27 November 2013

Simple Robin Card 'How-To'

For a couple of years I have been making these robin cards and selling them at craft fairs, to friends and family, and, frankly, anyone who will buy one! Whilst I am not complaining about making a few pence, I thought I would let you all in on the secret because they are really so simple and you can adapt the technique for other things too. I have made baubles and Christmas puddings using this watercolour technique too.

What I love about watercolour is the lack of control you have over where the colour is going to end up. The more water you add the more 'colour bleed' happens and you end up with beautiful puddles of colour that are rich and glossy in places and transparent and matte in others. Here are some pictures to illustrate the various stages I take (written description below!):

 photo robin-cards_zps3a21038e.png
1. Dip your brush in water and paint a watery circle on the card. This allows the card to absorb some water and be ready for the watercolour paint.
2. Add your base colour to the circle of water and brush out two wings on the side (I use a reddy-brown shade) - at this stage I take a dry, bristly brush and flick the ends of the wings to look like feathers.
3. Get another shade (I use a darker brown) and load the brush with water and paint and drop it onto the robin so that the colour 'bleeds' out. If it is looking too full of water just use some kitchen towel to absorb the excess. The idea is to add base tones to the robin to form the main shape.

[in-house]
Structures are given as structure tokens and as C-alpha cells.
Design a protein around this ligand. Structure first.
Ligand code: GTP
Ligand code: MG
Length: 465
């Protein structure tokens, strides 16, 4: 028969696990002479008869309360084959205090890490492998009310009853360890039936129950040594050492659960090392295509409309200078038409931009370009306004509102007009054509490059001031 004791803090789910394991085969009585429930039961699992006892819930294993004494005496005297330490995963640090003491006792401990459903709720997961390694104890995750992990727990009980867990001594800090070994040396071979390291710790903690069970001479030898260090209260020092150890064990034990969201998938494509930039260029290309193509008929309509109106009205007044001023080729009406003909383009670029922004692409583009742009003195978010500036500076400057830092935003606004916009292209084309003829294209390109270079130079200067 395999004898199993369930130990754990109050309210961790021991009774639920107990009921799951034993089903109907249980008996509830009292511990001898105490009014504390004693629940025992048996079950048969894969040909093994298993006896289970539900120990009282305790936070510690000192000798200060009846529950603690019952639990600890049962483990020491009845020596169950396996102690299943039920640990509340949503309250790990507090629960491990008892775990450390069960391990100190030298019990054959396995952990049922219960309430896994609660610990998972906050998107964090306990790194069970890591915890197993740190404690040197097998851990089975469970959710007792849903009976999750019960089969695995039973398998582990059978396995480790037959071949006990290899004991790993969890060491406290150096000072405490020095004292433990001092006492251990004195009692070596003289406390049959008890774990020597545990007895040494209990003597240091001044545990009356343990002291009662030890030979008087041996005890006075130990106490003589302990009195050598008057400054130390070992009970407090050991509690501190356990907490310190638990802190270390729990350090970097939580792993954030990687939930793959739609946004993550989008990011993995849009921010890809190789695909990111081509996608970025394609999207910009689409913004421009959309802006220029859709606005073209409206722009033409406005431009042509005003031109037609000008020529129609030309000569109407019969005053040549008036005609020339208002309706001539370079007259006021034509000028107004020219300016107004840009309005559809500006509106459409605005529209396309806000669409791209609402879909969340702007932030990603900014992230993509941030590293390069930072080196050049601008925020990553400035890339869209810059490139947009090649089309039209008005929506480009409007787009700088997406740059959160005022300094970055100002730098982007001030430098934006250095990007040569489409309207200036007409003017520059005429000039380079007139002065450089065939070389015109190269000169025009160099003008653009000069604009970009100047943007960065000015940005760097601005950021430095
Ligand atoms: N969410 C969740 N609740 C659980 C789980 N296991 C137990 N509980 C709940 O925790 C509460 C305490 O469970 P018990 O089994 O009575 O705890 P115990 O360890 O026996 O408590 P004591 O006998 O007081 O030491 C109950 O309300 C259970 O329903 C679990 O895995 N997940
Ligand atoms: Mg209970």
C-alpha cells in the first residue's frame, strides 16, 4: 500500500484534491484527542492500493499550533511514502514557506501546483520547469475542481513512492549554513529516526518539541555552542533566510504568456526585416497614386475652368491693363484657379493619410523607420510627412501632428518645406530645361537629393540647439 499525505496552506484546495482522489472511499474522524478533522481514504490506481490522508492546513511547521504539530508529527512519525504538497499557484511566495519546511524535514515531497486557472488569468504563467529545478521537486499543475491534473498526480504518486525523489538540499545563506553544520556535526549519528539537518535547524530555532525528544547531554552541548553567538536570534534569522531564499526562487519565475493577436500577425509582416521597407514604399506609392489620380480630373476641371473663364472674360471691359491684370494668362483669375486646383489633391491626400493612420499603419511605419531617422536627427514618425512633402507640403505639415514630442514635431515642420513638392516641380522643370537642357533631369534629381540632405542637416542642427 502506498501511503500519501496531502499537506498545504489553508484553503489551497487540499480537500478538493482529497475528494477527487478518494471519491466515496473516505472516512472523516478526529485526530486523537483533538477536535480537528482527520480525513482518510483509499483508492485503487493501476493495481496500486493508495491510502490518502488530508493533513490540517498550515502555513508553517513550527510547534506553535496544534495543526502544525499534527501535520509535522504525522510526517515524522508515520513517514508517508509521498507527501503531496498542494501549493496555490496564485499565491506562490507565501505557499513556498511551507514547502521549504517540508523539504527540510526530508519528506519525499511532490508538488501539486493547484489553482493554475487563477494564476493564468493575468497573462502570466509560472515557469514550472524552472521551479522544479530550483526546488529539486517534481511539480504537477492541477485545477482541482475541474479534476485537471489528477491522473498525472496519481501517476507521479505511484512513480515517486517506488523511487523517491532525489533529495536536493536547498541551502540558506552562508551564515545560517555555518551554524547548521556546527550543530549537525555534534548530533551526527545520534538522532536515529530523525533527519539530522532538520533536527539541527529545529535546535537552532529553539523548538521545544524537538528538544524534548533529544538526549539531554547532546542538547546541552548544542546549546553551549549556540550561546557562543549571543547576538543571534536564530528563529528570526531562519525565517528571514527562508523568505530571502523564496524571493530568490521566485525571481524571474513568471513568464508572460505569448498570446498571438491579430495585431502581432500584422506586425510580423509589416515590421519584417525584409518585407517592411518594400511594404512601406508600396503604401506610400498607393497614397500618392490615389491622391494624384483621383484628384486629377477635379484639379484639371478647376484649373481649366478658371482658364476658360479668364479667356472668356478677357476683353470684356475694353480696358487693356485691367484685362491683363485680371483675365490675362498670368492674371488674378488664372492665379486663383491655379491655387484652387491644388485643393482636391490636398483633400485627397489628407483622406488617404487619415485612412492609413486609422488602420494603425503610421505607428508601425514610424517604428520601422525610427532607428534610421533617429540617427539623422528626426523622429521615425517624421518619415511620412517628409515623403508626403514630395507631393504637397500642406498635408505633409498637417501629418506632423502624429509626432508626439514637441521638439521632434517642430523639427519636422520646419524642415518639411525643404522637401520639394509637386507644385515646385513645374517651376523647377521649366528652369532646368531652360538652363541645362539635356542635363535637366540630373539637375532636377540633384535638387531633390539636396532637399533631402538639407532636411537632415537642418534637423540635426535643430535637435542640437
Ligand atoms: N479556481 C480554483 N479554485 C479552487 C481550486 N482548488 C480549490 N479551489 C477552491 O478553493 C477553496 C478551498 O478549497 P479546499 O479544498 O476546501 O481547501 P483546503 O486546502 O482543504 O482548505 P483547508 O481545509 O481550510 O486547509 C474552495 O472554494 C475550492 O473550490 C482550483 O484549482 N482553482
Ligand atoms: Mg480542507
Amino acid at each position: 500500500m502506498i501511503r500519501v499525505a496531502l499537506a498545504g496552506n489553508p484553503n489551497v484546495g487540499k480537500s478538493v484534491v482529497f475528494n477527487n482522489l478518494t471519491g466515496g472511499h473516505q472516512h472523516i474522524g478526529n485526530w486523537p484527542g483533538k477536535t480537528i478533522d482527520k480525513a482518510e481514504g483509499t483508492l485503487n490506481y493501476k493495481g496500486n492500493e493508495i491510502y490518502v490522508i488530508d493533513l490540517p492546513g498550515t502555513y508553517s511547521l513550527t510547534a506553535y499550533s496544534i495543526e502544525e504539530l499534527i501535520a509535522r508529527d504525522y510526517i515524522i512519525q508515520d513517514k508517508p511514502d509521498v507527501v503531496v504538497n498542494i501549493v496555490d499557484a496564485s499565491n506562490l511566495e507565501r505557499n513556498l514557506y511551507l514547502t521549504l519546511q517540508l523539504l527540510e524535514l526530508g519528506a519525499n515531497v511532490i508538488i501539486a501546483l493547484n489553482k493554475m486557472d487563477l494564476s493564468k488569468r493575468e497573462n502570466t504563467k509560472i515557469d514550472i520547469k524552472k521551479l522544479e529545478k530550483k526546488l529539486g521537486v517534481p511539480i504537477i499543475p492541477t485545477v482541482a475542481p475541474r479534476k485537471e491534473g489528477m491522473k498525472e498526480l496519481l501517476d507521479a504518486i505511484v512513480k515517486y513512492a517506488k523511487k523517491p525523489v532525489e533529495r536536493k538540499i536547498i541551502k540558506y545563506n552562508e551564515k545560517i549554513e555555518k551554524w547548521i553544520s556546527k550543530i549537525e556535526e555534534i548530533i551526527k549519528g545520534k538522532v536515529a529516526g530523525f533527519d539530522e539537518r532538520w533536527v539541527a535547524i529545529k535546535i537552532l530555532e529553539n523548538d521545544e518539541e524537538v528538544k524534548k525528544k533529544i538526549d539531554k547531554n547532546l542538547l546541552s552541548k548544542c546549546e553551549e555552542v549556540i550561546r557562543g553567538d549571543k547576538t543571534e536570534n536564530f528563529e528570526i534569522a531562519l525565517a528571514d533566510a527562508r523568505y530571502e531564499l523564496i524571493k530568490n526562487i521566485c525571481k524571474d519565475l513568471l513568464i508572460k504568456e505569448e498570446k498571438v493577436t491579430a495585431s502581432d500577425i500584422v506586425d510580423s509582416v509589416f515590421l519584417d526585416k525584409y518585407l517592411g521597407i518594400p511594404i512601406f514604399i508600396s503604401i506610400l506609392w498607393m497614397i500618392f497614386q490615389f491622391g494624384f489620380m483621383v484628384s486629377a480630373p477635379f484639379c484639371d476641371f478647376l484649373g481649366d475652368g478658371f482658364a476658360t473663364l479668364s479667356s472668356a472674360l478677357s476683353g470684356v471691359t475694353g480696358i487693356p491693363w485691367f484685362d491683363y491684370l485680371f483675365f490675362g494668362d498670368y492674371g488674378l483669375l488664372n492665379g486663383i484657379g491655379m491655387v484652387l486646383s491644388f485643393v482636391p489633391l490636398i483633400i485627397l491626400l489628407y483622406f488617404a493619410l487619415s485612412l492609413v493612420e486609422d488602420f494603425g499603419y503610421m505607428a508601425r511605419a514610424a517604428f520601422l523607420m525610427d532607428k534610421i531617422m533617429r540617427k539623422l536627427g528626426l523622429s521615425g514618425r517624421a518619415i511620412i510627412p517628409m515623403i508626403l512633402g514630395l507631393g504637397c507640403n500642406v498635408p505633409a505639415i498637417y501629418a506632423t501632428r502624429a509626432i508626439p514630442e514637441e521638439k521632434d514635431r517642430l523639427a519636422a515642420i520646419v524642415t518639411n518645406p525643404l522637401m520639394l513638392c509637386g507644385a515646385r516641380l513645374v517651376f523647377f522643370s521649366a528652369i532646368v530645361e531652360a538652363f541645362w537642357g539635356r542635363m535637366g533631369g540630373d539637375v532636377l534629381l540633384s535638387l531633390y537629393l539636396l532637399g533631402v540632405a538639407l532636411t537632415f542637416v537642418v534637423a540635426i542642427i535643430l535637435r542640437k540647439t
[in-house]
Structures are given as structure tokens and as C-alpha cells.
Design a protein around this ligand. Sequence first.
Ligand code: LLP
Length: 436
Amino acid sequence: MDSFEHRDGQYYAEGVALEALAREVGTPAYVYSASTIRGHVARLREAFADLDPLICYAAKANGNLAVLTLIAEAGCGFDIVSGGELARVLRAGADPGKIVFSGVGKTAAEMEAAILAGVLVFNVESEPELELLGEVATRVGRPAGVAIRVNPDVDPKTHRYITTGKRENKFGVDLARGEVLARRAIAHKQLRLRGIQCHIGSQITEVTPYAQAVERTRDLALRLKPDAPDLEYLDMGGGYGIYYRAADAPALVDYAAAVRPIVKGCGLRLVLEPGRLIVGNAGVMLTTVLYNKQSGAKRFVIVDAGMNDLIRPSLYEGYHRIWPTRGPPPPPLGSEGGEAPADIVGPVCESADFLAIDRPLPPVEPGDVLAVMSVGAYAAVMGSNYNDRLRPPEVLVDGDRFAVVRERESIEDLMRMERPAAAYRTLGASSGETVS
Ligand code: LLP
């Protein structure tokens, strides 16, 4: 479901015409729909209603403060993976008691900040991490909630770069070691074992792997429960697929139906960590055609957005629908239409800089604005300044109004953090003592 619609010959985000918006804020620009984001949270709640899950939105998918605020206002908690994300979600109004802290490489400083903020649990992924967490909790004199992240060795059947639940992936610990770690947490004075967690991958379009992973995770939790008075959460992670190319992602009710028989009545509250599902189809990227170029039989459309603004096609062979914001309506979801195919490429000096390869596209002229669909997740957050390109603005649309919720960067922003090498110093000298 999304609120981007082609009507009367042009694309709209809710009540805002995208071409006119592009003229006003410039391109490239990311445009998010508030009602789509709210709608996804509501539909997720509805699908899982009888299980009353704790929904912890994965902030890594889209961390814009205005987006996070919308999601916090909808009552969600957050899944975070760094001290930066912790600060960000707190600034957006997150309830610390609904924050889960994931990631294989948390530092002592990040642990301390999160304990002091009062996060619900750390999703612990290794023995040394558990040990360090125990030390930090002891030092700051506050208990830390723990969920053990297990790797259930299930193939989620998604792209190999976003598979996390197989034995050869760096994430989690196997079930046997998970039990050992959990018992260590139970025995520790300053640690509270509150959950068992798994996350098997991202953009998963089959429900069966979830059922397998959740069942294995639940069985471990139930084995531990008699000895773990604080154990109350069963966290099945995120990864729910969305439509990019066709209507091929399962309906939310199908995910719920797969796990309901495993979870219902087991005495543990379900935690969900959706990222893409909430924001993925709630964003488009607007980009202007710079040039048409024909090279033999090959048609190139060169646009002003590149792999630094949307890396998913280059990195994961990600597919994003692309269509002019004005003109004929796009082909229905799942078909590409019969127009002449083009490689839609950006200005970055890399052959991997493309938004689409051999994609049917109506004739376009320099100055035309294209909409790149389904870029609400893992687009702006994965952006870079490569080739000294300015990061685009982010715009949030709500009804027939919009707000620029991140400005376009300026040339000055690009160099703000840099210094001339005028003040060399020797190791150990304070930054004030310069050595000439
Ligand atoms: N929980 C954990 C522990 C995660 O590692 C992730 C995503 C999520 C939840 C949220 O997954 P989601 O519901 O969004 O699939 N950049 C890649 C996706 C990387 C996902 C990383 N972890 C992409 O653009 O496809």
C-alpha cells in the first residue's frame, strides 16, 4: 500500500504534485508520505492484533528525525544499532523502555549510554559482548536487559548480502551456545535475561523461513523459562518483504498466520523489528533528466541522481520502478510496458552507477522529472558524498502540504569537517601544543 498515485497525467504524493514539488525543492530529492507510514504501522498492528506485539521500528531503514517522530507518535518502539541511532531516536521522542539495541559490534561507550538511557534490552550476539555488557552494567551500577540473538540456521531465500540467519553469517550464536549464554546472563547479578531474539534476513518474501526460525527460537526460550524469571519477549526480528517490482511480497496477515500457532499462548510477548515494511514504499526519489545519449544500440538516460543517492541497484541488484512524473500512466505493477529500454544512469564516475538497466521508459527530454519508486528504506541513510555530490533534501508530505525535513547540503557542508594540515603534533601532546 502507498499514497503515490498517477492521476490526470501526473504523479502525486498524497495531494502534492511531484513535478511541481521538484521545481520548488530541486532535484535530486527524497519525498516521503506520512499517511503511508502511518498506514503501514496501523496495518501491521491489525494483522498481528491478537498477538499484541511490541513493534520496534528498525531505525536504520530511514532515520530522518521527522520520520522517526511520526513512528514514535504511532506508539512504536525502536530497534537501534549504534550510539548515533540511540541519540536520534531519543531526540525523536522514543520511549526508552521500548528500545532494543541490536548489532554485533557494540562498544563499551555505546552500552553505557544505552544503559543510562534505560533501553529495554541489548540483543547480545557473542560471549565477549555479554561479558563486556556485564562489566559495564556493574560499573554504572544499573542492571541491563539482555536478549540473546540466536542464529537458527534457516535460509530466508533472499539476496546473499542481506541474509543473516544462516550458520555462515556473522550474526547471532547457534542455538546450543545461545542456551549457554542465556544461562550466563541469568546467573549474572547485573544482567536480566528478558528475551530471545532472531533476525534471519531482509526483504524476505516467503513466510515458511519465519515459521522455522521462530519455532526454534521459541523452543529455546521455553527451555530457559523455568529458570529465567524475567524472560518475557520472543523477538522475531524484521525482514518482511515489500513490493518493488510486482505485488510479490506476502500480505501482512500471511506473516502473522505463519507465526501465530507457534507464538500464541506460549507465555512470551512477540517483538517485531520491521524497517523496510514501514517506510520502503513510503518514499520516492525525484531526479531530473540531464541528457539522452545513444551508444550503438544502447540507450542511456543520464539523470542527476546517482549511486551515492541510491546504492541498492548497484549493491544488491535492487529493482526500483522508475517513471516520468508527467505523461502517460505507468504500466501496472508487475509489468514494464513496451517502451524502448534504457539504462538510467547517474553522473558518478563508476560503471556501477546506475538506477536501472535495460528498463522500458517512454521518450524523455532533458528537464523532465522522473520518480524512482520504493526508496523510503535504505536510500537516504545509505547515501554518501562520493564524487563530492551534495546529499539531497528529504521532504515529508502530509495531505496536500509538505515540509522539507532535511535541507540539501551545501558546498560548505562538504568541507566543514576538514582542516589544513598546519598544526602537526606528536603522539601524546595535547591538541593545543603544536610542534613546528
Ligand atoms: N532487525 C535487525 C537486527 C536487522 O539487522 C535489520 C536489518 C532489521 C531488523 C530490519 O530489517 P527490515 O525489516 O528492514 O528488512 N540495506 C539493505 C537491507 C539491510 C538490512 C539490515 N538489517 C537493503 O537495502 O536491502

4. Allow this to dry completely and then repeat process. It is better to add thinner, more transparent layers and let to dry - this way you can see the layers once dry, which I think is beautiful.
5. Wet the middle, tummy, section of the robin and add oranges, reds and darker crimsons to form the red breast. I usually apply two layers, leaving to dry completely in between.
6. When the painting is done you can draw in the beak with coloured pencils or pens or stick on some coloured paper. Finally draw in the eyes and feet and you are done! (For an extra special festive touch why not cut out some red tissue paper or card for a Santa hat and add some cotton wool for the bobble - just for extra cute appeal!)

This is a simple little craft to do with your kids. With the younger ones you could just do some Christmas baubles. Make a large watery circle on some card or thick paper and drop lots of paint on - it will stay inside the circle and create some gorgeous patterns. Once dry add some glitter and hey presto!

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